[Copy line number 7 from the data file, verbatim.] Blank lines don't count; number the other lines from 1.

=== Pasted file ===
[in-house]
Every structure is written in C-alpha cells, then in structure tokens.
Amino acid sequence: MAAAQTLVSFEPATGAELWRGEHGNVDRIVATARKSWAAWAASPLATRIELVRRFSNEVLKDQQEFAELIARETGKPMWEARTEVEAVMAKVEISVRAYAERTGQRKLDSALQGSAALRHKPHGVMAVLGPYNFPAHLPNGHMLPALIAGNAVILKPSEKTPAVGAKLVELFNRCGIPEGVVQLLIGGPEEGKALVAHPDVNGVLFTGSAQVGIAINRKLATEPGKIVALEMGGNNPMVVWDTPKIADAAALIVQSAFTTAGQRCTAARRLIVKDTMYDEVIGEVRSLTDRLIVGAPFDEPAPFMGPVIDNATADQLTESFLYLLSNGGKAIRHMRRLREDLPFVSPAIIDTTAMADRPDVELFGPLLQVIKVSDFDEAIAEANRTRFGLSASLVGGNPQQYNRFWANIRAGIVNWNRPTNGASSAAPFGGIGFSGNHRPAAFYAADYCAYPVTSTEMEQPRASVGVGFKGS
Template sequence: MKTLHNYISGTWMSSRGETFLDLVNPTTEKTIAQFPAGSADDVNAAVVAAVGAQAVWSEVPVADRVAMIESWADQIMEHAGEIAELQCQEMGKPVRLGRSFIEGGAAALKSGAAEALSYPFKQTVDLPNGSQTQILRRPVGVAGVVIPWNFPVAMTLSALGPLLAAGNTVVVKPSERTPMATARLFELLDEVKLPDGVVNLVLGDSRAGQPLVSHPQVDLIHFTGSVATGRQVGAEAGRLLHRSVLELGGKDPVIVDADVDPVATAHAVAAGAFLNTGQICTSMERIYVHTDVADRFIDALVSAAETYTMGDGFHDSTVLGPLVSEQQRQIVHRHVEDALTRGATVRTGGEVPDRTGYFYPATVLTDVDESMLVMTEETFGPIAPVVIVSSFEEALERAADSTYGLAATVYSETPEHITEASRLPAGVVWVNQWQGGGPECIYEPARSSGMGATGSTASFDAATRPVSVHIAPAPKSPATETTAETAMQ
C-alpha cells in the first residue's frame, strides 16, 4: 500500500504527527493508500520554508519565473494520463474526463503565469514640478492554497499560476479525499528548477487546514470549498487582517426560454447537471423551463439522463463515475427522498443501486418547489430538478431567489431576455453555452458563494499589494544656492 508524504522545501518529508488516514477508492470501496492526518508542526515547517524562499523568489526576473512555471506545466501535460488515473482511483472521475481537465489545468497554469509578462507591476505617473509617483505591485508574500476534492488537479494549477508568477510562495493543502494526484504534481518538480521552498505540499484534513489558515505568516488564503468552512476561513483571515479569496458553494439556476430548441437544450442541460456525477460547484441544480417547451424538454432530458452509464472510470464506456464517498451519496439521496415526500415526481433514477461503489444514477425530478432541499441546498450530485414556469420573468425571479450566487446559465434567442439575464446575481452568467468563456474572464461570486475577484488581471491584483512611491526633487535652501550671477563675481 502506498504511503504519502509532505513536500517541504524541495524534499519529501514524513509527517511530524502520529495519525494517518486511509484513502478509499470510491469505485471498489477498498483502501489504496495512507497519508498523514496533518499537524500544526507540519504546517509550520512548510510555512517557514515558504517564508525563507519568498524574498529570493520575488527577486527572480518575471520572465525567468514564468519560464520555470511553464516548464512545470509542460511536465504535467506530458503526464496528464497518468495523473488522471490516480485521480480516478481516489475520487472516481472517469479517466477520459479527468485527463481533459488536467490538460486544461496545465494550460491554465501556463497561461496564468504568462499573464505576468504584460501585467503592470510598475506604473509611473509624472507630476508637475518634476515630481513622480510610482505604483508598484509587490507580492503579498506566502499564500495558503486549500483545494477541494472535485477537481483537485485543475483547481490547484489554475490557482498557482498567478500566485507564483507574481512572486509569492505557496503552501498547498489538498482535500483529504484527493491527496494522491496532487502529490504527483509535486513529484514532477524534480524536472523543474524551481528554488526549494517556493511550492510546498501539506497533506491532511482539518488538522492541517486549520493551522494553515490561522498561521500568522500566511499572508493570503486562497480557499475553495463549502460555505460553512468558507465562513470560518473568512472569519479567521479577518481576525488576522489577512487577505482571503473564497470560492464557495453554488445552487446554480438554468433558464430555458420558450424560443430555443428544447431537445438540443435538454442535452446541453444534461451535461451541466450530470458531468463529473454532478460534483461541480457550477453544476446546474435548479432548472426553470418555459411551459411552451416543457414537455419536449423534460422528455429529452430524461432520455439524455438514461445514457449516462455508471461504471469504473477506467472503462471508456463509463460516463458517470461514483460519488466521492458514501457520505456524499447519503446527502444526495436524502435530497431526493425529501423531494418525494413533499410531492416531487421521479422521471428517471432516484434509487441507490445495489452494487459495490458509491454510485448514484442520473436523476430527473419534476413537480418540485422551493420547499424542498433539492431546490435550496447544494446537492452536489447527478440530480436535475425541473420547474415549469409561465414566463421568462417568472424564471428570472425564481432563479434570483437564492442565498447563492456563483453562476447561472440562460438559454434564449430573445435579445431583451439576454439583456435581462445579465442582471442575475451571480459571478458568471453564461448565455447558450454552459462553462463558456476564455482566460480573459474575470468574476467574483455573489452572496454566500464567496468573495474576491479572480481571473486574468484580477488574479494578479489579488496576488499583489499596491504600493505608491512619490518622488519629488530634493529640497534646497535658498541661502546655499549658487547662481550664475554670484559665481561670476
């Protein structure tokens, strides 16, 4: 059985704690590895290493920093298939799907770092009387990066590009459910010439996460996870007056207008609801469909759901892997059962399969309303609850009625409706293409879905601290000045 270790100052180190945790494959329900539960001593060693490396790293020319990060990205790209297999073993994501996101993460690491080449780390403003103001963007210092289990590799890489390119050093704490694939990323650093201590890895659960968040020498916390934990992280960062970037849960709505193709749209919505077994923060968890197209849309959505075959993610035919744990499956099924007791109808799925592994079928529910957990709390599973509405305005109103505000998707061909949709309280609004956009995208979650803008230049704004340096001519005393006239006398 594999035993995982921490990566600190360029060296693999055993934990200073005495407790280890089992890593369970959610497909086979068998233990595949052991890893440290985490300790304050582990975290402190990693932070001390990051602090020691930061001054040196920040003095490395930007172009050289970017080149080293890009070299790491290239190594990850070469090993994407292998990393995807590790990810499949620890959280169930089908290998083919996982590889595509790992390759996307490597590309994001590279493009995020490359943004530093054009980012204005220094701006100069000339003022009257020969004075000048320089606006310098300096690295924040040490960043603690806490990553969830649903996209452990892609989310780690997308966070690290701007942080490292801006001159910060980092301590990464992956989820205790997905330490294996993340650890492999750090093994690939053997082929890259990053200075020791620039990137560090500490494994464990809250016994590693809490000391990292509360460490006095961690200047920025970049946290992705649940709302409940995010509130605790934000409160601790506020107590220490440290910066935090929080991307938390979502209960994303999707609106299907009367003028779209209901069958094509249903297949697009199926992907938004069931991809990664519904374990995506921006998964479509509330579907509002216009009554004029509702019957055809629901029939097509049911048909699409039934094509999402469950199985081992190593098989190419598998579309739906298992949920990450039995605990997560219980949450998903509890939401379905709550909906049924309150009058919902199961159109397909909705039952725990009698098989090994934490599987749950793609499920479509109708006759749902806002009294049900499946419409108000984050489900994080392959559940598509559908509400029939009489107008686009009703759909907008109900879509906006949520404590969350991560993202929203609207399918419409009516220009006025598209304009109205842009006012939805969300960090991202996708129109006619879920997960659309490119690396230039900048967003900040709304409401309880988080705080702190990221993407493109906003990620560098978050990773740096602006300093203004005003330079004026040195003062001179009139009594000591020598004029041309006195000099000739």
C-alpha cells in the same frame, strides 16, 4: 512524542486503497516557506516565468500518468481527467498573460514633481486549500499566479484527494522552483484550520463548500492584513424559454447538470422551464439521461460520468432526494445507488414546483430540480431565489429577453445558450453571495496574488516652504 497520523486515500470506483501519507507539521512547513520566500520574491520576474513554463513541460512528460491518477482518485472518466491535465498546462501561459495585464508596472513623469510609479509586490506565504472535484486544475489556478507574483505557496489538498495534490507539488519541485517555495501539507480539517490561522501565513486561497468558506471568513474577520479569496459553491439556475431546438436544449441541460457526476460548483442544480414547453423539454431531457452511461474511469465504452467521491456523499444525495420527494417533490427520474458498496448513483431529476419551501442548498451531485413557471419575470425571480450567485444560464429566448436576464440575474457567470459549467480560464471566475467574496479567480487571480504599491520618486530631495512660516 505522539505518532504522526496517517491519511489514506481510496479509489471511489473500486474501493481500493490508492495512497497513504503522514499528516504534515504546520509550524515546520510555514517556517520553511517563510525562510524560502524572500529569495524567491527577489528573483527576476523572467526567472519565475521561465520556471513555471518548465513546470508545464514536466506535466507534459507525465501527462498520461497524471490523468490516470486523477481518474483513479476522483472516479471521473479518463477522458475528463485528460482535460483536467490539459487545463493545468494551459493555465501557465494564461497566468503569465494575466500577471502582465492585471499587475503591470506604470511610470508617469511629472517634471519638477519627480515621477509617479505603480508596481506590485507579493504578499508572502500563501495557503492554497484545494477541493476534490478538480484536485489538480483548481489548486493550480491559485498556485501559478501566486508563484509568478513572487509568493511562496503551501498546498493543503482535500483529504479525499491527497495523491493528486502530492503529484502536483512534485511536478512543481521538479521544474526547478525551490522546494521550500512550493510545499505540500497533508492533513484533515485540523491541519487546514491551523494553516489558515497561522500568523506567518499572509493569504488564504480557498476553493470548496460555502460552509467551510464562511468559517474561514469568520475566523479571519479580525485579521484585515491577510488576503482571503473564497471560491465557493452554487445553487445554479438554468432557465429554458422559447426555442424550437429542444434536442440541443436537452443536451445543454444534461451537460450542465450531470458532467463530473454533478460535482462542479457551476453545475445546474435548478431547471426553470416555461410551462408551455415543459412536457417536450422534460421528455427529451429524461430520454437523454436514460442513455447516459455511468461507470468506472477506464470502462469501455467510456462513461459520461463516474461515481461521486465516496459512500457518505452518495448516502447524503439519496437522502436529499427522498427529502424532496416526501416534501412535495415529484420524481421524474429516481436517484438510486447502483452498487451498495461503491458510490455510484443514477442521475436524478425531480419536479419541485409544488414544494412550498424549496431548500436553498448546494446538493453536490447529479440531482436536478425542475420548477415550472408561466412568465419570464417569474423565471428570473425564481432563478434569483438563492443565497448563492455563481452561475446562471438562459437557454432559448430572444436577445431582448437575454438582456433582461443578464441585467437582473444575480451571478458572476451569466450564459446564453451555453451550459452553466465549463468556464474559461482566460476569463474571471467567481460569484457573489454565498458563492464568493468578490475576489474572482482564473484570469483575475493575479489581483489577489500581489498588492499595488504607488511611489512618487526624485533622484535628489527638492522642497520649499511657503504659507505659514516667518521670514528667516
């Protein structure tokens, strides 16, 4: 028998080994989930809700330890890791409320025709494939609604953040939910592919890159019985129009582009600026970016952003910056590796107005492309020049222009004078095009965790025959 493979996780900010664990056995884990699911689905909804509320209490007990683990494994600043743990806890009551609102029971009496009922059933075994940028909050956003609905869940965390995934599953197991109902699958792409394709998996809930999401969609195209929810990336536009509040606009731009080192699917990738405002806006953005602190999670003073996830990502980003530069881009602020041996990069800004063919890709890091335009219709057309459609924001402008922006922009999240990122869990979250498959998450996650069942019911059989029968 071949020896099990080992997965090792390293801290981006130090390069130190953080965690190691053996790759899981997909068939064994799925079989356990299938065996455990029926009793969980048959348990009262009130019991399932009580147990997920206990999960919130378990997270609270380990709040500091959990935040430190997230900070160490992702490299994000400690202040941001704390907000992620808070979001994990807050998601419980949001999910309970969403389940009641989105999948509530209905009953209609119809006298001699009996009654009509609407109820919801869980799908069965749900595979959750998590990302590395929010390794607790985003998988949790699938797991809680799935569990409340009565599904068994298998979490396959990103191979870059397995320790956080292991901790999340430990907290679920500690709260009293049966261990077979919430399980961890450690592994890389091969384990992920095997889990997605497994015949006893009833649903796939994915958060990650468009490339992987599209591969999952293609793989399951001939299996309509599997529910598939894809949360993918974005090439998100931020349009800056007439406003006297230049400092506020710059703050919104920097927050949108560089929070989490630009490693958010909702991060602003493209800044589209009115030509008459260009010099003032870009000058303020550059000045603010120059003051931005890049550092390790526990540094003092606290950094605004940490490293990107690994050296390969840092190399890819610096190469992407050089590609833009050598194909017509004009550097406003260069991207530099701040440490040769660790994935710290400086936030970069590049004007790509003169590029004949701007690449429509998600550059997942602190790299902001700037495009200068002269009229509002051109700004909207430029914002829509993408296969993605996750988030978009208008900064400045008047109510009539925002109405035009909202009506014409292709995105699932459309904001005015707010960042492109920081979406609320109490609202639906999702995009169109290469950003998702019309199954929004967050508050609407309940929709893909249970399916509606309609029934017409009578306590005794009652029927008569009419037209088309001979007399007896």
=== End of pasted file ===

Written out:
C-alpha cells in the same frame, strides 16, 4: 512524542486503497516557506516565468500518468481527467498573460514633481486549500499566479484527494522552483484550520463548500492584513424559454447538470422551464439521461460520468432526494445507488414546483430540480431565489429577453445558450453571495496574488516652504 497520523486515500470506483501519507507539521512547513520566500520574491520576474513554463513541460512528460491518477482518485472518466491535465498546462501561459495585464508596472513623469510609479509586490506565504472535484486544475489556478507574483505557496489538498495534490507539488519541485517555495501539507480539517490561522501565513486561497468558506471568513474577520479569496459553491439556475431546438436544449441541460457526476460548483442544480414547453423539454431531457452511461474511469465504452467521491456523499444525495420527494417533490427520474458498496448513483431529476419551501442548498451531485413557471419575470425571480450567485444560464429566448436576464440575474457567470459549467480560464471566475467574496479567480487571480504599491520618486530631495512660516 505522539505518532504522526496517517491519511489514506481510496479509489471511489473500486474501493481500493490508492495512497497513504503522514499528516504534515504546520509550524515546520510555514517556517520553511517563510525562510524560502524572500529569495524567491527577489528573483527576476523572467526567472519565475521561465520556471513555471518548465513546470508545464514536466506535466507534459507525465501527462498520461497524471490523468490516470486523477481518474483513479476522483472516479471521473479518463477522458475528463485528460482535460483536467490539459487545463493545468494551459493555465501557465494564461497566468503569465494575466500577471502582465492585471499587475503591470506604470511610470508617469511629472517634471519638477519627480515621477509617479505603480508596481506590485507579493504578499508572502500563501495557503492554497484545494477541493476534490478538480484536485489538480483548481489548486493550480491559485498556485501559478501566486508563484509568478513572487509568493511562496503551501498546498493543503482535500483529504479525499491527497495523491493528486502530492503529484502536483512534485511536478512543481521538479521544474526547478525551490522546494521550500512550493510545499505540500497533508492533513484533515485540523491541519487546514491551523494553516489558515497561522500568523506567518499572509493569504488564504480557498476553493470548496460555502460552509467551510464562511468559517474561514469568520475566523479571519479580525485579521484585515491577510488576503482571503473564497471560491465557493452554487445553487445554479438554468432557465429554458422559447426555442424550437429542444434536442440541443436537452443536451445543454444534461451537460450542465450531470458532467463530473454533478460535482462542479457551476453545475445546474435548478431547471426553470416555461410551462408551455415543459412536457417536450422534460421528455427529451429524461430520454437523454436514460442513455447516459455511468461507470468506472477506464470502462469501455467510456462513461459520461463516474461515481461521486465516496459512500457518505452518495448516502447524503439519496437522502436529499427522498427529502424532496416526501416534501412535495415529484420524481421524474429516481436517484438510486447502483452498487451498495461503491458510490455510484443514477442521475436524478425531480419536479419541485409544488414544494412550498424549496431548500436553498448546494446538493453536490447529479440531482436536478425542475420548477415550472408561466412568465419570464417569474423565471428570473425564481432563478434569483438563492443565497448563492455563481452561475446562471438562459437557454432559448430572444436577445431582448437575454438582456433582461443578464441585467437582473444575480451571478458572476451569466450564459446564453451555453451550459452553466465549463468556464474559461482566460476569463474571471467567481460569484457573489454565498458563492464568493468578490475576489474572482482564473484570469483575475493575479489581483489577489500581489498588492499595488504607488511611489512618487526624485533622484535628489527638492522642497520649499511657503504659507505659514516667518521670514528667516